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ICLEI World Congress: A Network of Cities and Regions for Tomorrow’s Generation?

July 25, 2018

On June 19th, 2018, the city of Montreal hosted the ICLEI World Congress 2018 at the Palais des Congrès, welcoming delegates, ranging from mayors, engineers and city planners to community organizers. All of these stakeholders gathered for four days to share and learn about municipal and regional best practices, aiming to create the sustainable world of tomorrow. From sessions on nature-based solutions to collective local actions or mobility-smart initiatives, stakeholders had the opportunity to take stock of their respective progress regarding sustainability and resilience while gaining inspiration from their peers’ initiatives.

The Congress

In the past few years, Montreal has been at the forefront of sustainability. Montreal was the first Canadian city to submit its resiliency plan, offering a five year vision with measures to foster the city’s capacity to respond resiliently to climate uncertainties. The city is also a proud member of the C40 and 100Resilient Cities networks. The next logical step was for the city to host this year’s ICLEI World Congress. During this four-day Congress, there were 56 sessions, 10 technical visits, and 3 networking events, allowing participants to learn more about the global impact of  urban sustainability. Throughout the Congress, ICLEI also welcomed exhibitors, including local environmental groups and start-ups that showcased their initiatives to ICLEI participants, creating further opportunities for interaction and discussion. As a global network, ICLEI comprises 1500 cities, regions and towns and more than 100 countries, collectively committed to building a sustainable future. The network has, over the years, offered these actors a platform for exchange but also an international reach. This World Congress is thus a way for governments to meet and share about strategic ties with key actors.

Photo courtesy of the ICLEI World Congress

An Opportunity for Collaborative Action

One of the strongest components of this event is the collaboration it fosters between different actors and stakeholders in sustainability, including local governments, environmental organizations, journalists and entrepreneurs. These actors are not often present in the same room, and this kind of cross-sector collaboration should occur more often in policy-making, to ensure that policies and programs are more sustainable and inclusive.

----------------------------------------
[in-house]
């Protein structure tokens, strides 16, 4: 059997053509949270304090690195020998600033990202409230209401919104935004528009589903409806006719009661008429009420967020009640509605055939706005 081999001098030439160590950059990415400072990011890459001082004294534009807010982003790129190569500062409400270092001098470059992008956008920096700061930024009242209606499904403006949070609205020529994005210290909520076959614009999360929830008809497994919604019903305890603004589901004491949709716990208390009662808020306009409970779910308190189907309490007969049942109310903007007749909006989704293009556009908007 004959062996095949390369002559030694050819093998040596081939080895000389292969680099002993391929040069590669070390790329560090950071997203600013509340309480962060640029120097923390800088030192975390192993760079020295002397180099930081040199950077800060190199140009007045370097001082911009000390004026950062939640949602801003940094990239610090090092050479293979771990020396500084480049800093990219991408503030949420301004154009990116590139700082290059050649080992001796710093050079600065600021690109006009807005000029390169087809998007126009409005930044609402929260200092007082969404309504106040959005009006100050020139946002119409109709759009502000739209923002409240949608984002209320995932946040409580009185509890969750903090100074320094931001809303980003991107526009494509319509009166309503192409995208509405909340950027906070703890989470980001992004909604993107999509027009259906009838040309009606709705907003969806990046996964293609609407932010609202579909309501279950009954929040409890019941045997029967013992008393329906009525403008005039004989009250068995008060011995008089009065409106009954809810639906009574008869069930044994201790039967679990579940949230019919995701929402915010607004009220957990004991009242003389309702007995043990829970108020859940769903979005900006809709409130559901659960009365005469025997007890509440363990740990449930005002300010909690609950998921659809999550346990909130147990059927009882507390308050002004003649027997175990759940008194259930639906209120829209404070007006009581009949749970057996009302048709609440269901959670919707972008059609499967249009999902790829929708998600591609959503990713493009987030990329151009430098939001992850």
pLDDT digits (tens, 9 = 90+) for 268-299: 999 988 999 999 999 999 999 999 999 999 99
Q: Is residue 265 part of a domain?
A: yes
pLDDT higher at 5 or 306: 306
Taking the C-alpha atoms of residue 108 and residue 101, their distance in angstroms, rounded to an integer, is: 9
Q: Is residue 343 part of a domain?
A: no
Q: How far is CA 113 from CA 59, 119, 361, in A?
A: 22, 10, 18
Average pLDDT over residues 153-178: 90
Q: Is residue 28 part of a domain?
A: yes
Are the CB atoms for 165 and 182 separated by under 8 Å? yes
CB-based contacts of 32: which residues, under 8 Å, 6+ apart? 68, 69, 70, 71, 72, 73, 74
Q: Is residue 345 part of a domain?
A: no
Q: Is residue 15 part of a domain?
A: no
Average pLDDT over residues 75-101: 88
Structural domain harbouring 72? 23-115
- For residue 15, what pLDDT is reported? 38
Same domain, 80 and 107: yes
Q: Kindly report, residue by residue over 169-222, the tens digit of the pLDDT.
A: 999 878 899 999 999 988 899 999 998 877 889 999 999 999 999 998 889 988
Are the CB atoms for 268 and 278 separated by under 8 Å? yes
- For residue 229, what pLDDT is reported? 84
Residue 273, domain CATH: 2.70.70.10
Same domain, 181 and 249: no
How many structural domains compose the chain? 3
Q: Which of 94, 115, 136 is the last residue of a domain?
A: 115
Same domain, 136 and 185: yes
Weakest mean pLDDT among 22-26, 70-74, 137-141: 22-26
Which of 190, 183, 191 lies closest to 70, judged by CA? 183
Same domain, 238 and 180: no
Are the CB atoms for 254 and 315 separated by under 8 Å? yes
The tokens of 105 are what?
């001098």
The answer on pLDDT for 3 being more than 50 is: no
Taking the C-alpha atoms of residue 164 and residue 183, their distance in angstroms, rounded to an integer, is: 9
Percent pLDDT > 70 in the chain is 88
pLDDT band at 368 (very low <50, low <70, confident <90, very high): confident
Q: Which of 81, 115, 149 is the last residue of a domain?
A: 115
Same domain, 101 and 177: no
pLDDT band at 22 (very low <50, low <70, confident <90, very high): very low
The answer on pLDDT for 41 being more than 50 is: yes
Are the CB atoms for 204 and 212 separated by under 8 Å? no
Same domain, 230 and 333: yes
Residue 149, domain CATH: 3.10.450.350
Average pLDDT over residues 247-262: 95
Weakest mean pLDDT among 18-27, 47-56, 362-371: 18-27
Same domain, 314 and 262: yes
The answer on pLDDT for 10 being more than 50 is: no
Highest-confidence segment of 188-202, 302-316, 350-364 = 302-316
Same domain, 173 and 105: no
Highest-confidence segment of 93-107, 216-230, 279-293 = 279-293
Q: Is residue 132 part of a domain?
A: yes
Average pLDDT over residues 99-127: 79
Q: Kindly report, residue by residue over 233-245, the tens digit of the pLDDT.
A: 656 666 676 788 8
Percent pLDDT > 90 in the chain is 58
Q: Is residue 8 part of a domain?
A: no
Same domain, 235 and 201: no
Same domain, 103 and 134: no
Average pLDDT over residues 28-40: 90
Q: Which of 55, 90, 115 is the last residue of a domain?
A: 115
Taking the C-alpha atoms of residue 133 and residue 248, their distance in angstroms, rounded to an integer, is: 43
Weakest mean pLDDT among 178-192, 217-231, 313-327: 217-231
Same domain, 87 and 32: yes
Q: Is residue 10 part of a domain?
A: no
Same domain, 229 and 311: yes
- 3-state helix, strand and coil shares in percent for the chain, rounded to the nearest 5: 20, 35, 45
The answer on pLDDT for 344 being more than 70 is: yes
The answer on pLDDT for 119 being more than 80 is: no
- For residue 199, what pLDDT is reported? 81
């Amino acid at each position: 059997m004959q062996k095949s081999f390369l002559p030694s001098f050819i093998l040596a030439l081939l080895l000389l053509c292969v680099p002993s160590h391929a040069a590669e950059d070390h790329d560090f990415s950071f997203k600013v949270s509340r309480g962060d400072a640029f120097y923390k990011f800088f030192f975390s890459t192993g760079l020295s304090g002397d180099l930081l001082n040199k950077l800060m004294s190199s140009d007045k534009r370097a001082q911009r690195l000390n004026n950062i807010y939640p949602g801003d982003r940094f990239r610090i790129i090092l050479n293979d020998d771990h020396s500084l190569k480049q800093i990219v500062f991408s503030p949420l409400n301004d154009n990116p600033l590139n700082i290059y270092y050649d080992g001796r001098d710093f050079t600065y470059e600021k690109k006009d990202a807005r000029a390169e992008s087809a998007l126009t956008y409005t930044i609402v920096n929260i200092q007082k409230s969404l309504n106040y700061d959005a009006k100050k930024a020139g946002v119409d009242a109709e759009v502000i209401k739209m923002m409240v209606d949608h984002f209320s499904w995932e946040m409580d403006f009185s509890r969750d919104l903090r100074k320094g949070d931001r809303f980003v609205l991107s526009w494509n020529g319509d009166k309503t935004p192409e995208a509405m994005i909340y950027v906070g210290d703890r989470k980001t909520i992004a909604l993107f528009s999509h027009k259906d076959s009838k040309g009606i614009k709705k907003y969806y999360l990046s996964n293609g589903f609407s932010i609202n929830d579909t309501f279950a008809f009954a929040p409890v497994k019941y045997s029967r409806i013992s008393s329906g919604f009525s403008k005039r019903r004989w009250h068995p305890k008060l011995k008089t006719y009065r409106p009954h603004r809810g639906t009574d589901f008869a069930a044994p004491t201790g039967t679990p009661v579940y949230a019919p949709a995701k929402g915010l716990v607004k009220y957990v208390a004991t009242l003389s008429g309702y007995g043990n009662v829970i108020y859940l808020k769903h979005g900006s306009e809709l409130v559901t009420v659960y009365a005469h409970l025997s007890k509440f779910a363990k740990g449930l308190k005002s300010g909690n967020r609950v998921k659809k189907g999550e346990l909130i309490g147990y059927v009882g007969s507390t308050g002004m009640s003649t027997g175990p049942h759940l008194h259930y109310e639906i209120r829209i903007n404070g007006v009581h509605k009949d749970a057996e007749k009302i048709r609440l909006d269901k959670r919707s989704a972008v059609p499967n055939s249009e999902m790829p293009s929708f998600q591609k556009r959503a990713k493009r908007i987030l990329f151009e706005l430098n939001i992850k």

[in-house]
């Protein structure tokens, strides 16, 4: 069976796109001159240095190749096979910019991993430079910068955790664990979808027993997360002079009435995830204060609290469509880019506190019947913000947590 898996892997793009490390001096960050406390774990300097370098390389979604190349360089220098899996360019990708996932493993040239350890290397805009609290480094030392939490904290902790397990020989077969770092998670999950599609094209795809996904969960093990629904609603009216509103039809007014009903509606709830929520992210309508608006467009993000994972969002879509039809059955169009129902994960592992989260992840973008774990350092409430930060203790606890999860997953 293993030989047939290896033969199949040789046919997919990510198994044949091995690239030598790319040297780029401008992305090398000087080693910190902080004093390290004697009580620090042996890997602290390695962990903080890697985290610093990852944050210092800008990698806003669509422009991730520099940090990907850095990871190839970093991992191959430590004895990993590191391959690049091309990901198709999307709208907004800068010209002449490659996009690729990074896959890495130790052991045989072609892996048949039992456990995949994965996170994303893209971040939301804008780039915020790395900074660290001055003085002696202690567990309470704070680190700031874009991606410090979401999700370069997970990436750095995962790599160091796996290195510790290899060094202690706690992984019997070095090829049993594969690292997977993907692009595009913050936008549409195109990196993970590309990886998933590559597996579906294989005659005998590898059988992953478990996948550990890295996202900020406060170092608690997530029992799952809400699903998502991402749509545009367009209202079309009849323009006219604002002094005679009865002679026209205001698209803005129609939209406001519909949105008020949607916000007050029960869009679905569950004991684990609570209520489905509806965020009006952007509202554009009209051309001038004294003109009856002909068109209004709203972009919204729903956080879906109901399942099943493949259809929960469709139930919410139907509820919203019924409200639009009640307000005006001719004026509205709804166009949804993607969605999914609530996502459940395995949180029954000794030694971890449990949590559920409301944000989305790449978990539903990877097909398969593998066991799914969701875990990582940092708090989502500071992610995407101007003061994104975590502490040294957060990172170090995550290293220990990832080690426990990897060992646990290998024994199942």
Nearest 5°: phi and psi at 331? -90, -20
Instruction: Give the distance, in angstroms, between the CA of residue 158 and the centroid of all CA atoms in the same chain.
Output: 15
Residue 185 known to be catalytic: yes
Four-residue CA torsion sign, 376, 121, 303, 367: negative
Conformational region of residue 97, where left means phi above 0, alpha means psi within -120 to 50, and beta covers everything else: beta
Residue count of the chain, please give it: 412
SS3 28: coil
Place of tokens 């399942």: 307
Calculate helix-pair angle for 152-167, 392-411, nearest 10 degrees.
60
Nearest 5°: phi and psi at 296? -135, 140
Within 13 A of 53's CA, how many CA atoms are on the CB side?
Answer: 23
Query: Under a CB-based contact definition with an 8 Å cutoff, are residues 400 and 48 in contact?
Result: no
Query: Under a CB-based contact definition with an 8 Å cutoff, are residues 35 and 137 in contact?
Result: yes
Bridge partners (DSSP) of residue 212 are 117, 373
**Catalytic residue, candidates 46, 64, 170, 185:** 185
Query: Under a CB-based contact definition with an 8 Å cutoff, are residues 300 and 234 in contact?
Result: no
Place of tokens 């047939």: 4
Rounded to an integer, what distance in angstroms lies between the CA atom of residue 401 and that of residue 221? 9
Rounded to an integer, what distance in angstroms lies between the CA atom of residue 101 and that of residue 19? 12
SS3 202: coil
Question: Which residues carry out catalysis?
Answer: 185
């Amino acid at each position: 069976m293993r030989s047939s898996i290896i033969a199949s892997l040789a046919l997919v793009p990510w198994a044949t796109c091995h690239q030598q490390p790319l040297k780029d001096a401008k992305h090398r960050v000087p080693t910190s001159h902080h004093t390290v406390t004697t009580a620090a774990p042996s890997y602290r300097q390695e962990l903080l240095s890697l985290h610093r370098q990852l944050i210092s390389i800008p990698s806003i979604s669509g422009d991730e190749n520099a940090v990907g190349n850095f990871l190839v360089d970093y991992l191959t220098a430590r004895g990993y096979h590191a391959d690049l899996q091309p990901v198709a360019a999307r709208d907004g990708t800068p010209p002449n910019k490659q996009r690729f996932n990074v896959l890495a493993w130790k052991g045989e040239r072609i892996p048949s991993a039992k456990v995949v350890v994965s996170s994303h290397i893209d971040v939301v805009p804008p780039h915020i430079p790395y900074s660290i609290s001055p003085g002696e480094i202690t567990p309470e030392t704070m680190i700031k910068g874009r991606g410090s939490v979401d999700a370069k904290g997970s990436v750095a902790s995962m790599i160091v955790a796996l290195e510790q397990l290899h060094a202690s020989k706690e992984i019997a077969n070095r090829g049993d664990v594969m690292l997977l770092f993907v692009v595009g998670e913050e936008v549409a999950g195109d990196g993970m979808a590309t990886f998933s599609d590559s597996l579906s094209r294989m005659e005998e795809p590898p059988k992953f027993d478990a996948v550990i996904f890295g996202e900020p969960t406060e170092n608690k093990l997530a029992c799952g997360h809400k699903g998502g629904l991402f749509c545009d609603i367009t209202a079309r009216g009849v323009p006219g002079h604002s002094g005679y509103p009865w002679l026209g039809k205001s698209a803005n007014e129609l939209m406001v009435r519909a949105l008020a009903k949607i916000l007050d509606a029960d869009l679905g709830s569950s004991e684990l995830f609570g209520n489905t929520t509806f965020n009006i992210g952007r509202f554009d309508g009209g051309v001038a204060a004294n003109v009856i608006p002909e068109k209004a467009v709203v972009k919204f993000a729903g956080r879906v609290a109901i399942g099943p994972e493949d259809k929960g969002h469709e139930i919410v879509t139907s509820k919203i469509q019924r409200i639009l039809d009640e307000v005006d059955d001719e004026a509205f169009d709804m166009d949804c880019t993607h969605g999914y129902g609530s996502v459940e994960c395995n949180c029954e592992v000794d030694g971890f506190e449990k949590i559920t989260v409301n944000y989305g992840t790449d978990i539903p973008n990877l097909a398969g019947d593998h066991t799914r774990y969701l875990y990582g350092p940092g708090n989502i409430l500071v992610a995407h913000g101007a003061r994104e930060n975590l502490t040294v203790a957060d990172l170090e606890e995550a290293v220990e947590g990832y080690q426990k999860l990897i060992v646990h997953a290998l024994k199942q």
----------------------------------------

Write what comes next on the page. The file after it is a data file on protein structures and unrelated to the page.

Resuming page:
For instance, at one of the sub-plenaries, “Vision for cities and regions in 2030: Ensuring systemic and inclusive action”, one of the exercises consisted of drafting a sustainable development plan for 2030 in small groups.  Students (ourselves included), ICLEI representatives, government delegates and engineers had the chance to expose their work and experiences, and together drafted a plan that was both holistic and inclusive.

Collaboration was not limited to sub-plenary sessions. Following the speakers’ presentation, the audience had time to discuss, ask questions and give feedback. During the session, “Using the potential of nature to create greener, healthier and more inclusive cities,” a lively debate took place between local governments, community organizations, a professor and a P.H.D candidate on whether greening the city should be a top-down or bottom-up initiative. The debate ended with a recommendation from a government representative of Brazil, who stated that sometimes even when it seems that there is an urgency, there is also a need for us to allow voices that are not heard to be heard. As such, we need to put “people in the centre”, and develop more equitable visions for the future— a statement that received wide support in the room.

Collaboration is thus key to addressing the sustainability challenges in cities today. ICLEI, by enabling conversations between a wide variety of actors, showcased the powerful outcomes of collaboration, setting a positive example and helping guide stakeholders in future decision making.

Strategic alliances for future partnerships?